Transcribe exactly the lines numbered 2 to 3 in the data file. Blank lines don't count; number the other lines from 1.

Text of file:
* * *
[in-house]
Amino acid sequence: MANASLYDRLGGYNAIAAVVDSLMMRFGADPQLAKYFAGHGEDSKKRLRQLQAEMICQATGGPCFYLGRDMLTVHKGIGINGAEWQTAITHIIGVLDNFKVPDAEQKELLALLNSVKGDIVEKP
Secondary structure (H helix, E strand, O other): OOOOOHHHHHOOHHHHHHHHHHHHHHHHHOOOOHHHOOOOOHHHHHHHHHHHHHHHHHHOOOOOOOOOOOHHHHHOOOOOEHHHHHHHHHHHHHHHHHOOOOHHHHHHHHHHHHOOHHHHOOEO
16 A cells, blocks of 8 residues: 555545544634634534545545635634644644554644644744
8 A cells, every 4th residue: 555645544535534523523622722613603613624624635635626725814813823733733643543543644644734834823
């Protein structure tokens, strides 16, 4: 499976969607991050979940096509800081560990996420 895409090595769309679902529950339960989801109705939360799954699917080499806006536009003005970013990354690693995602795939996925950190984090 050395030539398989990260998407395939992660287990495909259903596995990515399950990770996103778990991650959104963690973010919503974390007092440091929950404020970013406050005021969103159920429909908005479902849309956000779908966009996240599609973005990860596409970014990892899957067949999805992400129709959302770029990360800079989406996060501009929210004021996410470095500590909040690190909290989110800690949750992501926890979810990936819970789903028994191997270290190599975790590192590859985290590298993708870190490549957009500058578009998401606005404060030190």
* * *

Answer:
Amino acid sequence: MANASLYDRLGGYNAIAAVVDSLMMRFGADPQLAKYFAGHGEDSKKRLRQLQAEMICQATGGPCFYLGRDMLTVHKGIGINGAEWQTAITHIIGVLDNFKVPDAEQKELLALLNSVKGDIVEKP
Secondary structure (H helix, E strand, O other): OOOOOHHHHHOOHHHHHHHHHHHHHHHHHOOOOHHHOOOOOHHHHHHHHHHHHHHHHHHOOOOOOOOOOOHHHHHOOOOOEHHHHHHHHHHHHHHHHHOOOOHHHHHHHHHHHHOOHHHHOOEO